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Asian Longhorned Beetle (ALB)
ALB on branch

General Information

In June 2011, the Asian Longhorned Beetle was discovered in Tate Township in Clermont County. USDA APHIS first issued a Federal Order that mirrors the regulated boundaries of the State on July 13, 2011. In Ohio, the ODA and APHIS work together to operate the ALB eradication program. This invasive beetle has no known natural predators and poses a threat to Ohio's hardwood forests (more than $2.5 billion in standing maple timber) and the state's $5 billion nursery industry which employs nearly 240,000 people.

asian longhorned beetle

Ohio is the fifth state to find Asian Longhorned Beetles. The pest was successfully eradicated in Illinois and parts of New Jersey, and it is currently being controlled in New York and Massachusetts. With the help of local citizens reporting known infestations it can be controlled in Ohio as well. 

About ALB

structural damage to a tree caused by larvaeThe Asian longhorned beetle is native to China and is a wood-boring beetle that infests 12 genera of trees. Adult beetles are 1 to 1.5 inches in length, with long antennae and white spots on their bodies. Adult females chew 60-90 depressions into tree bark and lay a single egg -about the size of a rice grain- per site. When the egg hatches in a few weeks, the larva bores into the tree and feeds on the phloem. The pupal stage lasts 13-24 days, then the adults will emerge and chew out of the tree. These exit holes are round and approximately 3/8" in diameter. Once they have exited a tree, they feed on its leaves and bark for 10 to 14 days before mating and laying eggs.

ALB can overwinter in multiple life stages, resulting in their feeding, mating, and laying eggs throughout the summer and fall. While adult beetle activity is most obvious during the summer and early fall, adults have been seen from April to December. Adult beetles can fly for 400 yards or more to search for a host tree or mate. However, they usually remain on the tree from which they emerged, resulting in infestation by future generations.

ALB chewing out from the heartwoodSigns of ALB start to show about 3 to 4 years after infestation, with tree death occurring in 10 to 15 years depending on the tree’s overall health and site conditions. Infested trees do not recover, nor do they regenerate.

Quarantine

To keep this tree-killing pest from spreading across Ohio, restricted areas are now in effect for Tate Township and East Fork State Park in Clermont County. Currently 57 square miles are under regulation.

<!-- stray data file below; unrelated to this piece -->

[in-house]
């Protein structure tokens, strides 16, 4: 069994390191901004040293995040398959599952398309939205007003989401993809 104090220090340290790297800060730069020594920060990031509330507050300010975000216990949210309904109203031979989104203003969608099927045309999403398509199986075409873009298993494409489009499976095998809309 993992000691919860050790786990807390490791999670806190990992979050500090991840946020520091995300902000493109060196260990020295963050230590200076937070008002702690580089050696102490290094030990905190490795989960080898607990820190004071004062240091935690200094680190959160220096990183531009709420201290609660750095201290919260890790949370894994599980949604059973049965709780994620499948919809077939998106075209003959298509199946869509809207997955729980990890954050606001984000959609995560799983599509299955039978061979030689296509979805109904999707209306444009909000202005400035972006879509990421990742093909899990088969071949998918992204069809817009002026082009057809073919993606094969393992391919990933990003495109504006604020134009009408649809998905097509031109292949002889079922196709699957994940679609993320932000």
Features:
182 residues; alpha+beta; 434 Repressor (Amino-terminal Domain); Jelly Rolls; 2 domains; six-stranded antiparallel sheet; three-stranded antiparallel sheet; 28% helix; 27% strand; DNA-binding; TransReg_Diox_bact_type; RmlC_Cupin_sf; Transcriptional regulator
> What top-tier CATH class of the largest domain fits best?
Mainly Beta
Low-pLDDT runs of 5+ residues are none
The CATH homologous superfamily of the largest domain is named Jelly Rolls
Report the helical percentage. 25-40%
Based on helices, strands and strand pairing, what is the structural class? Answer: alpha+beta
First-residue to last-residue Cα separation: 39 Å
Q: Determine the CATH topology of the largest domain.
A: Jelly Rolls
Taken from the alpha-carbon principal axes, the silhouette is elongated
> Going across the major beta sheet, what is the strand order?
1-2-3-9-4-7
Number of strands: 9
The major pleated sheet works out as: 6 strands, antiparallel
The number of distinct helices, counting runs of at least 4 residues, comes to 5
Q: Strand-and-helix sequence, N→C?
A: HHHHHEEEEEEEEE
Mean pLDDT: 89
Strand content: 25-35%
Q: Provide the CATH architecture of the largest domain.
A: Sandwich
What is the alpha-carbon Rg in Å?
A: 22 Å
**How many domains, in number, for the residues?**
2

It is illegal to remove the following items from the quarantine area:

  • Firewood, stumps, roots, branches, debris and other material living, dead, cut, or fallen from all hardwood species; and green lumber, nursery stock and logs of the following genera: Acer (maple), Aesculus (horse chestnut), Albizia (mimosa), Betula (birch), Celtis (hackberry), Cercidiphyllum (katsura), Fraxinus (ash), Koelteria (golden raintree), Platanus (sycamore), Populus (poplar), Salix (willow), Sorbus (mountain ash), and Ulmus (elm).
  • Any other article, product, or means of conveyance not covered by paragraph (a) of this section if the director determines that it presents a risk of spreading Asian longhorned beetle.

If you perform work on regulated articles in any quarantine area, you must enter into a compliance agreement with the ALB eradication program in your State to move items to approved sites for disposal. Before entering into an agreement, you need to attend free compliance training. To register for this training, please call 513-381-7180.

Education & Outreach

USDA APHIS offers information materials to help raise awareness about the ALB. Publications can be requested online through the Publications Ordering System.

ALB damage on a maple tree

Removals & Treatment

Survey

  • Climbers survey for ALB damageSurvey includes visual assessment of 12 genera of trees - maple is most preferred
    • Climbers survey for ALB damage that can not be easily seen from the ground.
  • Infested trees  and high risk trees (potentially infested trees) are removed and chipped following detection and quality assurance survey.

Eradication

  • infested trees marked for removalPreventative chemical treatment is used via trunk injection with imidacloprid.  Chemical treatment will not kill a beetle or larvae that has already infested a tree.
  • When an infested tree is found, it is removed and ground to less than 1 inch in two dimensions.

Status

As of December 2018:

2,807,985  tree surveys conducted since surveys began on 7/1/11
19,066  infested trees confirmed since detection on 6/17/11
19,018  infested trees removed since removals started on 11/14/11
81,104  high risk host trees removed since removals started on 5/1/13
37,541  high risk host tree treatments conducted since 2013

Contact

If you think you've seen the beetle or signs of infestation, please contact the Ohio ALB eradication program office at 513-381-7180 or ALB@agri.ohio.gov.

If possible, capture the insect, place it in a jar, and freeze for identification. If you have a digital camera, take pictures of the insect and the damage to your trees.